Some mosquitoes like to come indoors. Keep them outside by having well-fitting screens on both windows and doors.

 

Mosquito Control Programs
There are two organized mosquito control programs in the Benton and Franklin Counties that serve their representative counties. 

  Help Our Community

Report Dead Birds to the Health Department
Dead birds may be a sign that West Nile virus is present in the birds and the mosquitoes in an area. Only certain birds (corvids and raptors) are tested for West Nile virus.

By reporting dead birds, you play an important role in monitoring West Nile virus. Read more for details about reporting dead birds in Benton and Franklin Counties. Click here for more info about reporting dead birds. 

Print a Prevent West Nile Virus flyer from the Benton-Franklin Health District.

Clean Up the Neighborhood
Mosquitoes can breed in many different types standing water.  Neighborhood clean up days can be organized by civic or youth organizations to pick up water-holding containers from vacant lots and parks, and to encourage people to keep their yards free of standing water. 


Only crows, magpies, ravens, and raptors are submitted for West Nile Virus testing.  Raven photo by Kelly McAllister.  Image courtesy of WDFW.

  West Nile Virus and Your Health
West Nile Virus and Your Health
In an area with West Nile virus, an estimated 1% of the mosquitoes will be able to transmit the virus to people. Although the likelihood of becoming infected with West Nile virus is quite small, the infection can cause serious illness that may last from a few days to months, or longer. The symptoms of West Nile virus infection range from relatively mild to severe, including neurological disorders and death.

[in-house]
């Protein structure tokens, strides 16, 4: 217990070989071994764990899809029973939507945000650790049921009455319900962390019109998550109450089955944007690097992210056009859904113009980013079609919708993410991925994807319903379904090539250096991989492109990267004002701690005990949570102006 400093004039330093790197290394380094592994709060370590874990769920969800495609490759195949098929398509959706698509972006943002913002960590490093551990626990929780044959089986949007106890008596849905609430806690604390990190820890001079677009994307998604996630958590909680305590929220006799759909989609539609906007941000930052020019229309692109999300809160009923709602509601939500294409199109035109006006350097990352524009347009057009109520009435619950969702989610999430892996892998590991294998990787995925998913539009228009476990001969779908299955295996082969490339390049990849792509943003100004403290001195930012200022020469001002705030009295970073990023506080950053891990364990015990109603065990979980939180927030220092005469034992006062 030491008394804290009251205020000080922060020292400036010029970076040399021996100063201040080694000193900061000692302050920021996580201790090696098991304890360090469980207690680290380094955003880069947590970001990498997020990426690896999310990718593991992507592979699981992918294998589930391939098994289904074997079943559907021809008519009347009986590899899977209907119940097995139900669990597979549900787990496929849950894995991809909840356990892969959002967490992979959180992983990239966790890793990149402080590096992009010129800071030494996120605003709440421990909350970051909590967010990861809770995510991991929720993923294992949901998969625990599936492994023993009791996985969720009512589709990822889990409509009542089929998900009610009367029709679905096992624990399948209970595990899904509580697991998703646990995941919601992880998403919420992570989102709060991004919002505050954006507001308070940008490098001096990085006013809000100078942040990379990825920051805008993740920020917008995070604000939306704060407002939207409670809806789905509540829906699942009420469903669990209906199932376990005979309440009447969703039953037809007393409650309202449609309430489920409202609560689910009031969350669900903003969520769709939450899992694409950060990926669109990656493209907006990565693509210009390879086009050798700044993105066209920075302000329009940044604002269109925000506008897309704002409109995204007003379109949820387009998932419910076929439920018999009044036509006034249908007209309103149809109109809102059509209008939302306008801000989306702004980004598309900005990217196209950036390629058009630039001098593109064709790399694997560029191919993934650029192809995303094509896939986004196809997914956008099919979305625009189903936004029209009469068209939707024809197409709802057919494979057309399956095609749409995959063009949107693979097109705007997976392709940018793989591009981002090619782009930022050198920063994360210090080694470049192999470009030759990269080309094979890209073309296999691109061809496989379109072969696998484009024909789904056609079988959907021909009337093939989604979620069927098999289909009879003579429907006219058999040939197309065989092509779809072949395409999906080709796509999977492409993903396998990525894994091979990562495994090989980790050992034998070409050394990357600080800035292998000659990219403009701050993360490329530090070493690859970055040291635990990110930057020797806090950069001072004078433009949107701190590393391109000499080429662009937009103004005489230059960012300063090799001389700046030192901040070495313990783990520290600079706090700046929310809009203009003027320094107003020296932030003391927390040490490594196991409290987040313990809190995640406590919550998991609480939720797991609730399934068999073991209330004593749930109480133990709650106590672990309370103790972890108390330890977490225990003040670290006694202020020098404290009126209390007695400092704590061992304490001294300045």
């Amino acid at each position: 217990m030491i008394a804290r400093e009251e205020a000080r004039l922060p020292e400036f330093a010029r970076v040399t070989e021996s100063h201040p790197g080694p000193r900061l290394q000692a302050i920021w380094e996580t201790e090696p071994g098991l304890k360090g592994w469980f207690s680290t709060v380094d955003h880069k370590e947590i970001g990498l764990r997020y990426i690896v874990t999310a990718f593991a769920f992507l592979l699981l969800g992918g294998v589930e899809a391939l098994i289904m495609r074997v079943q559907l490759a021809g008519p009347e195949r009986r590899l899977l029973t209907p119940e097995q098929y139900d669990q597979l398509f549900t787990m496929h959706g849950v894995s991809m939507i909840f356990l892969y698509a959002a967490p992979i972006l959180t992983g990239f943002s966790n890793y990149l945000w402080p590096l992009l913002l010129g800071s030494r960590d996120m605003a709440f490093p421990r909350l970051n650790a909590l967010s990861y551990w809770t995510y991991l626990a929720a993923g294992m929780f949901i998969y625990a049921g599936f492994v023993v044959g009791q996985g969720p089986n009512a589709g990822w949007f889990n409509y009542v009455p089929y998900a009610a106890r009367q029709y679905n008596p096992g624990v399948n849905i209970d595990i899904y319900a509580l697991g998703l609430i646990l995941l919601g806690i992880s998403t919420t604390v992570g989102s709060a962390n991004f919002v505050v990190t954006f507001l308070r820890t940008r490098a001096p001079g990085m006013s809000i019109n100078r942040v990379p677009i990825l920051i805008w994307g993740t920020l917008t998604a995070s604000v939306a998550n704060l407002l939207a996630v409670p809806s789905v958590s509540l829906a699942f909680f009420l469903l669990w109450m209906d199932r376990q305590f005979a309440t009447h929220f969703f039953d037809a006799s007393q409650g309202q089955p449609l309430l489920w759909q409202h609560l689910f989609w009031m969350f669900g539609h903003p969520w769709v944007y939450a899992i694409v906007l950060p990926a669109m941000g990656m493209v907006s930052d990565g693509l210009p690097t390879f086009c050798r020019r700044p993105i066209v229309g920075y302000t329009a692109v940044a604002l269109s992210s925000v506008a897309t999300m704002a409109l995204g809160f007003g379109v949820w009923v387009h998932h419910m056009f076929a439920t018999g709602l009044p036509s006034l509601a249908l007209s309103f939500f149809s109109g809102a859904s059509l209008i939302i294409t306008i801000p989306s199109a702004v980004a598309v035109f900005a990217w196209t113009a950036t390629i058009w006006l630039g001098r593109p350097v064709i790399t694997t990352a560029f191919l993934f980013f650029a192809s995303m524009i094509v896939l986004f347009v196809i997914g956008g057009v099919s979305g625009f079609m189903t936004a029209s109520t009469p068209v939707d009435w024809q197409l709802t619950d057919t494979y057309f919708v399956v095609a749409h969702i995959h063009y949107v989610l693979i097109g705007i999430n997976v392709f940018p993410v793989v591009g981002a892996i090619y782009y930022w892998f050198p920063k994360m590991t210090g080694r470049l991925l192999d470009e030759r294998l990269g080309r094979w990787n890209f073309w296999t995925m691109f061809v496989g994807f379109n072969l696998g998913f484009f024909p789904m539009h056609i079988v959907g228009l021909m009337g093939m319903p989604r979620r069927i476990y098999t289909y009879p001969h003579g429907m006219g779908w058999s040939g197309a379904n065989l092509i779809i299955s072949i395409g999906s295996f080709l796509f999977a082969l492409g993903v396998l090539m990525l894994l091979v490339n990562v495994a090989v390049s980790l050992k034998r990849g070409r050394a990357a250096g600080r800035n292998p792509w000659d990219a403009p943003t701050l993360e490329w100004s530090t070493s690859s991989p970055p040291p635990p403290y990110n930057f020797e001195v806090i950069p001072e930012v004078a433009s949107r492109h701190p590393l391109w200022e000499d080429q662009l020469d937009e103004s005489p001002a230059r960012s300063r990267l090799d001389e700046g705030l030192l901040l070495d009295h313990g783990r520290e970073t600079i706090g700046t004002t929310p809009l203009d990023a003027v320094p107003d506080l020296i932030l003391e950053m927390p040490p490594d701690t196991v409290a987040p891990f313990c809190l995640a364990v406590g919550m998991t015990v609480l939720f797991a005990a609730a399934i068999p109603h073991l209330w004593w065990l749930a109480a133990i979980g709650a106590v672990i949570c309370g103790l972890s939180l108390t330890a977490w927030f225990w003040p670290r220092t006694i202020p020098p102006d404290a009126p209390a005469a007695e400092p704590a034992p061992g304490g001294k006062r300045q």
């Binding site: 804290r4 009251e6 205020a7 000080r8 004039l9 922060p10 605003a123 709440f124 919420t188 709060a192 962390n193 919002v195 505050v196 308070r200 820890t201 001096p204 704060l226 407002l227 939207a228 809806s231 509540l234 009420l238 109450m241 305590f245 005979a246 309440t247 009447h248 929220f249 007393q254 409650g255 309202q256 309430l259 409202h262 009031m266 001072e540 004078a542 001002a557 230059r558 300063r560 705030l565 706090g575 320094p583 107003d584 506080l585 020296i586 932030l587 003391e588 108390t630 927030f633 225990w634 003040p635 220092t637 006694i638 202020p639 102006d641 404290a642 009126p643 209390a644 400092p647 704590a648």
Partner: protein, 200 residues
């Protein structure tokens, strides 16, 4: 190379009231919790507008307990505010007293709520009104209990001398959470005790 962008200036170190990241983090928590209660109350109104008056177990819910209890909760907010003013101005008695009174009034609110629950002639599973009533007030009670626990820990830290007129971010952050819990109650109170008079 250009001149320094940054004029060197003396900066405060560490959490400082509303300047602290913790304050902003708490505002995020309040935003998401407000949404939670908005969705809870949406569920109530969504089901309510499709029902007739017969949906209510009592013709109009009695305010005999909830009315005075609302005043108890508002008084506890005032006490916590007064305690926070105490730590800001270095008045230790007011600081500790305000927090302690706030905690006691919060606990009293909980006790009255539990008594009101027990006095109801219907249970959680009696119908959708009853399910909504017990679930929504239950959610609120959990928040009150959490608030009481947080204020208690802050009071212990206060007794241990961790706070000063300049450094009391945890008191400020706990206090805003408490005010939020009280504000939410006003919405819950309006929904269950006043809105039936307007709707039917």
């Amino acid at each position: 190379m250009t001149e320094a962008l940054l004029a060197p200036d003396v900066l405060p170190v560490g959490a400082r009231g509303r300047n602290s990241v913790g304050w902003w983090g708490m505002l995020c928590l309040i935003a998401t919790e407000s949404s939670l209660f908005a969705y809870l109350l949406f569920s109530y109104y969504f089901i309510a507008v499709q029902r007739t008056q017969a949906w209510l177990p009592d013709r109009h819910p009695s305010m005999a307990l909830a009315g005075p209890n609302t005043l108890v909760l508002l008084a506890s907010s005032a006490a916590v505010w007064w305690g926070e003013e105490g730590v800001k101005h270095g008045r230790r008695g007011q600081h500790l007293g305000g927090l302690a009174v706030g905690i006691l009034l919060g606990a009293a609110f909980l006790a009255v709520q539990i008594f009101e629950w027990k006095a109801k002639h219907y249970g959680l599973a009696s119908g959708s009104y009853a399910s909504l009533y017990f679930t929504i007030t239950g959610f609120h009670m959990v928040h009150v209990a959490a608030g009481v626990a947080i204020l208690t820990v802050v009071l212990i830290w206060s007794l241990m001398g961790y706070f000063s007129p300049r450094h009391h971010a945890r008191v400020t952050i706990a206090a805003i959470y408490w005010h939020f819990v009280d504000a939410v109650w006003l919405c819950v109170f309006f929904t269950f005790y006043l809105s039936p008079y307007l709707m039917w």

Symptoms generally appear about 3-15 days after being bitten by an infected mosquito. The more common mild illness has the following symptoms:

  • Slight fever
  • Headache
  • Body aches
  • Swollen glands
  • Sometimes a skin rash

The severe form of the illness is usually found in people over 50 years of age and has the following symptoms:

  • High fever
  • Intense headache
  • Stiff neck
  • Confusion

Treatment

Anyone who may be ill from West Nile virus should see their health provider as soon as possible. Supportive treatment is available for the more serious cases.

Additional health information is available from the CDC.

  Additional Resources

Mosquito Control Programs
There are two organized mosquito control programs in the Benton and Franklin Counties that serve their representative counties. 

Status in Washington
Current status is available from the Washington State Department of Health.

Educational Materials
Several handouts and posters are available in multiple languages from the Washington State Department of Health Zoonotic Program.

World Wide Web Links

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Benton Franklin Health District
Kennewick
7102 W Okanogan Pl
Kennewick WA
99336
(509) 460 4200
Pasco
412 W Clark
Pasco WA
99301
(509) 547-9737
IN CASE OF EMERGENCY PLEASE CALL 911

If you are either a medical practitioner, first responder, or public works official and need to report an emergency that immediately endangers public health, please call 509-543-3851. Only medical practitioners, first responders, and public works officials may use this number.
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State and County Resources
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Contact: info(at)bfhd.wa.gov